Mytonic Goats

Mytonic Goats

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Myotonic goats (often called fainting goats) are a landrace breed. The first documentation of their presence in the US occurring around the 1870’s where a transient farm worker named John Tinsley showed up in Marshall County, Tennessee at the farm of Dr. H. H. Mayberry. “No one knows where he came from; he had a strange accent and wore a cap similar to either a fez or beret. He was thought to have come from Nova Scotia and he brought along with him three or four does and a buck of a “unique” strain. Tinsley was a quiet, private person and never shared his origins or where he came into ownership of his animals. He suddenly left one day after selling the animals to Dr. Mayberry.” This is the best documentation of the origin of the breed. 

Myotonic goats are docile, curious and friendly. They are self-sufficient, sure-footed and adaptable. They are not fence jumpers or climbers. Does are excellent mothers, very protective of their babies, and easy kidders. A 200% kidding ratio is not uncommon. Well-attached compact udders produce milk “on demand.” Research completed at Virginia State and Virginia Tech universities has revealed these durable, self-sufficient pasture animals to be more parasite resistant than other breeds. Myotonics tend to be “year-round” (aseasonal) breeders.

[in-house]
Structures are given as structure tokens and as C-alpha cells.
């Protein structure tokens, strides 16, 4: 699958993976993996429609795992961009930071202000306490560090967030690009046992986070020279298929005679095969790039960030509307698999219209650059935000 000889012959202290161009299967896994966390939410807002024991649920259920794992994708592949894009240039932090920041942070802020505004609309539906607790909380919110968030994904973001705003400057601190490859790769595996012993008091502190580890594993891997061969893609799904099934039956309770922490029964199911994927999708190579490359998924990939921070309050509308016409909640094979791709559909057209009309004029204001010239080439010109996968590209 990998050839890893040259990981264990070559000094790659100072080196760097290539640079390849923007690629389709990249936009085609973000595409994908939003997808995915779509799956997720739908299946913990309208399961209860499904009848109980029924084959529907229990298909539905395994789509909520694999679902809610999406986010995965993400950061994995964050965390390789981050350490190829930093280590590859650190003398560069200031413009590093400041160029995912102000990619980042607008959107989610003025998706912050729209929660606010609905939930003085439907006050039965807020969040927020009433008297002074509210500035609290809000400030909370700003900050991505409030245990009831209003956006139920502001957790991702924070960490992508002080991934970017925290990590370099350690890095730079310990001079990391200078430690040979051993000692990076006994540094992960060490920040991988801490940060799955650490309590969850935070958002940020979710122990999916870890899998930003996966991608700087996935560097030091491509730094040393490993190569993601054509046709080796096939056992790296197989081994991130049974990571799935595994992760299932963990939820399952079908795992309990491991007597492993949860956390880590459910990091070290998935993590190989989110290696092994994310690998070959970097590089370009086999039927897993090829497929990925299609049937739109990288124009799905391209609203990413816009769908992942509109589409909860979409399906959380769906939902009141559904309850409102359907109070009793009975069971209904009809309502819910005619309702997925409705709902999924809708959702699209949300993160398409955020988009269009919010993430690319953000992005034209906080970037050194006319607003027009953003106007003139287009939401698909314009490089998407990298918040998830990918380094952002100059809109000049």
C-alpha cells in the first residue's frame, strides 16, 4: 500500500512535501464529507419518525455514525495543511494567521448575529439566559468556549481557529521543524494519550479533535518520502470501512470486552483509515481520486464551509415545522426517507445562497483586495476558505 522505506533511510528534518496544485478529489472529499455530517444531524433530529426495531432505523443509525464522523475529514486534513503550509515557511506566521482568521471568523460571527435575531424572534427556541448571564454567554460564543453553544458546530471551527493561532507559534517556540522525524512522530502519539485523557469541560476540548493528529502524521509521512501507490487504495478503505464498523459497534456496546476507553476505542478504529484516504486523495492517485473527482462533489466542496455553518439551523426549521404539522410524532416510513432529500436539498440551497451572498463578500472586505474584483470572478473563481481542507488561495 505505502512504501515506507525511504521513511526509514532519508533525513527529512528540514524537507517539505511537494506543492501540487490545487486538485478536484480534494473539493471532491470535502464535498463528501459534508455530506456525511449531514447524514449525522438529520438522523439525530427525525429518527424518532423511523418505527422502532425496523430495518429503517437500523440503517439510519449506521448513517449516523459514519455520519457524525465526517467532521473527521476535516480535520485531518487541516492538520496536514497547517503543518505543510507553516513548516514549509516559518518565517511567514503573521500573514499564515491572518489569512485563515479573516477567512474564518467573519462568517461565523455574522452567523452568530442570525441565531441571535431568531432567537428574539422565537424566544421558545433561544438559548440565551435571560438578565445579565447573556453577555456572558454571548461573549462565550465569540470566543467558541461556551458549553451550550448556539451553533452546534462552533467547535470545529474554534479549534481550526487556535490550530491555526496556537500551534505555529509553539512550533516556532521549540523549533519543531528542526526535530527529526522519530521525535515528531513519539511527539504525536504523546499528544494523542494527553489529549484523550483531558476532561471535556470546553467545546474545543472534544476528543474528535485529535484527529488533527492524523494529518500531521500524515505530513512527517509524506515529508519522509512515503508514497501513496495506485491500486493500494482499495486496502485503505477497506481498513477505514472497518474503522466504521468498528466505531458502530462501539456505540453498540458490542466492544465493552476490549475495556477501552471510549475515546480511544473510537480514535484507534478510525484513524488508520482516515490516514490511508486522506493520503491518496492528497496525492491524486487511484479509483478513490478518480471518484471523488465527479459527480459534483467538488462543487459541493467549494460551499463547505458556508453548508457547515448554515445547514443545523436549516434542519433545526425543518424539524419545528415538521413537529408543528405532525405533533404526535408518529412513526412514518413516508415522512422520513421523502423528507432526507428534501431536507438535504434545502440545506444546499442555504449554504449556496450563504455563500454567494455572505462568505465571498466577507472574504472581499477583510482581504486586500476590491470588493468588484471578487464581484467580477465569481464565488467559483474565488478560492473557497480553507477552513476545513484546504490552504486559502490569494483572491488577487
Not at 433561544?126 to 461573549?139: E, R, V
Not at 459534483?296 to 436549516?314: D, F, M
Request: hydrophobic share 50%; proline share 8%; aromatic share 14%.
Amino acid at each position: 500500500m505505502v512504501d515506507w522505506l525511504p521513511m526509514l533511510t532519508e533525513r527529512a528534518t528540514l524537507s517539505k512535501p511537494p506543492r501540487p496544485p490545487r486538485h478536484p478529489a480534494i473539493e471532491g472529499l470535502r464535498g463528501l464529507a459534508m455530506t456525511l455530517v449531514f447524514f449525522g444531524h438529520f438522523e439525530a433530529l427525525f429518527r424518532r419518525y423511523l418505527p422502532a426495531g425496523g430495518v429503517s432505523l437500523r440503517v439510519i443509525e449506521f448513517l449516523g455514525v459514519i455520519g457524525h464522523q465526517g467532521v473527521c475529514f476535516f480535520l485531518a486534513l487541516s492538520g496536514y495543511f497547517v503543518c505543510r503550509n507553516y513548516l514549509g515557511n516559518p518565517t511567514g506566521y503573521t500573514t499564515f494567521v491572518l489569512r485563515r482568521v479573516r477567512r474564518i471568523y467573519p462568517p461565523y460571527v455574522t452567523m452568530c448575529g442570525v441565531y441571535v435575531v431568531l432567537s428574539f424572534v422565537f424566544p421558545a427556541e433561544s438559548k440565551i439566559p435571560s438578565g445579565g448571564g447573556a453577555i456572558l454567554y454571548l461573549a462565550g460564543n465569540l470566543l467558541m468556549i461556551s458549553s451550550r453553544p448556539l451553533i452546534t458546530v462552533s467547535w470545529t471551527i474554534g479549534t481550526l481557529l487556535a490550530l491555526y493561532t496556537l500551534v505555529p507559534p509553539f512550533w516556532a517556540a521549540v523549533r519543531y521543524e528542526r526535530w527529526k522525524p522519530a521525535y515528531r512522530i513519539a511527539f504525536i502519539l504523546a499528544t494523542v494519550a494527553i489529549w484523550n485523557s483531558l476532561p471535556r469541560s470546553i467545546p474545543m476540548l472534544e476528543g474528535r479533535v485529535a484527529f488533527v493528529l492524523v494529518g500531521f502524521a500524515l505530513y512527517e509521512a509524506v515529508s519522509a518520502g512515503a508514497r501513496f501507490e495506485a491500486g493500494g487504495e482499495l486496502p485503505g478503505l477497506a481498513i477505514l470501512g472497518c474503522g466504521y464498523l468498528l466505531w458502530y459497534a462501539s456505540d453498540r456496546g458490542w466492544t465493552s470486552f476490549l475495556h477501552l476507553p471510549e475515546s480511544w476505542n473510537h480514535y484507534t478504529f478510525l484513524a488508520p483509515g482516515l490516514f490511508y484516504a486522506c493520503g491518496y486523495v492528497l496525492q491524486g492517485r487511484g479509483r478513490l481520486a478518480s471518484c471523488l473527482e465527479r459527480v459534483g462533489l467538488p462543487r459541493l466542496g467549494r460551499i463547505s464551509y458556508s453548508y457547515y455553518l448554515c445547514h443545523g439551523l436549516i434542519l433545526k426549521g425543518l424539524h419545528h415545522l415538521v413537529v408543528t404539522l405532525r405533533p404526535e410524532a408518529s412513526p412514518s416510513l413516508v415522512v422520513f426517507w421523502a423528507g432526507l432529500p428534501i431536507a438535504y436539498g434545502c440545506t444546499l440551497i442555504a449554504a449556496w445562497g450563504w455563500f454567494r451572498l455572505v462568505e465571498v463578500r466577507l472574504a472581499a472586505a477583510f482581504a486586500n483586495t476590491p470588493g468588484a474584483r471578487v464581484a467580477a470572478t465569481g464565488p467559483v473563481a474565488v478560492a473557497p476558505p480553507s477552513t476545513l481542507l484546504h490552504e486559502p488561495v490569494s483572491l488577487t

Myotonia Congenita. Myotonic Congenita is the medical term to describe stiffening. Myotonia is a inherited neuro-muscular condition which causes the goats muscling to stiffen or “lock-up” when they are startled or overly excited . If they are off balance when their muscles lock up they will tip over, thus the terms of Nervous Goats, Fainters, or Stifflegs. These goats will still be chewing their feed/hay should they get startled and loose balance. Myotonia occurs in the muscle fiber… not as a function of the central nervous system…. and causes no problem for the goats. The goats stay conscious the whole time……thus the term “fainter” is a misnomer. The proper name for these animals is “Myotonic”.

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